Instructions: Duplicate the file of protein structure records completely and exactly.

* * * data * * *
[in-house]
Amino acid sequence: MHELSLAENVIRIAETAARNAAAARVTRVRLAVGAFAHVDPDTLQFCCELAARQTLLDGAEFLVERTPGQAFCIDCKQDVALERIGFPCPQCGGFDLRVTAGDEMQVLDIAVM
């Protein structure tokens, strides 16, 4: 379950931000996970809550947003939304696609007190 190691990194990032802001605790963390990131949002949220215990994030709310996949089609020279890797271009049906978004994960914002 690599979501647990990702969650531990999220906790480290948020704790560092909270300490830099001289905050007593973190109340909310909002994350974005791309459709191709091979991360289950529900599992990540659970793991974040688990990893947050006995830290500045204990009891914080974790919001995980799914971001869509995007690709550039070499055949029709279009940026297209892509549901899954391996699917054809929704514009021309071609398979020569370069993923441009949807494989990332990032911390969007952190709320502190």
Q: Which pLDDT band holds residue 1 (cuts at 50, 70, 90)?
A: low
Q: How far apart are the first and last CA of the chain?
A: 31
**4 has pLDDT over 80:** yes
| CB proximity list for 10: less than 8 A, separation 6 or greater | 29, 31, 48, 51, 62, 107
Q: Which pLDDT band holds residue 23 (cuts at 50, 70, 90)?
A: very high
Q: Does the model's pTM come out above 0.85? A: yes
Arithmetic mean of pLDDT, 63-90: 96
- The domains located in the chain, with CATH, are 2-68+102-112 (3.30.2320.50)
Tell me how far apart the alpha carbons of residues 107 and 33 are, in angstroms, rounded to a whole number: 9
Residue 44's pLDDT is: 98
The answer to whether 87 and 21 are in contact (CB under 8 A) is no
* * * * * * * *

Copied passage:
[in-house]
Amino acid sequence: MHELSLAENVIRIAETAARNAAAARVTRVRLAVGAFAHVDPDTLQFCCELAARQTLLDGAEFLVERTPGQAFCIDCKQDVALERIGFPCPQCGGFDLRVTAGDEMQVLDIAVM
């Protein structure tokens, strides 16, 4: 379950931000996970809550947003939304696609007190 190691990194990032802001605790963390990131949002949220215990994030709310996949089609020279890797271009049906978004994960914002 690599979501647990990702969650531990999220906790480290948020704790560092909270300490830099001289905050007593973190109340909310909002994350974005791309459709191709091979991360289950529900599992990540659970793991974040688990990893947050006995830290500045204990009891914080974790919001995980799914971001869509995007690709550039070499055949029709279009940026297209892509549901899954391996699917054809929704514009021309071609398979020569370069993923441009949807494989990332990032911390969007952190709320502190």
Q: Which pLDDT band holds residue 1 (cuts at 50, 70, 90)?
A: low
Q: How far apart are the first and last CA of the chain?
A: 31
**4 has pLDDT over 80:** yes
| CB proximity list for 10: less than 8 A, separation 6 or greater | 29, 31, 48, 51, 62, 107
Q: Which pLDDT band holds residue 23 (cuts at 50, 70, 90)?
A: very high
Q: Does the model's pTM come out above 0.85? A: yes
Arithmetic mean of pLDDT, 63-90: 96
- The domains located in the chain, with CATH, are 2-68+102-112 (3.30.2320.50)
Tell me how far apart the alpha carbons of residues 107 and 33 are, in angstroms, rounded to a whole number: 9
Residue 44's pLDDT is: 98
The answer to whether 87 and 21 are in contact (CB under 8 A) is no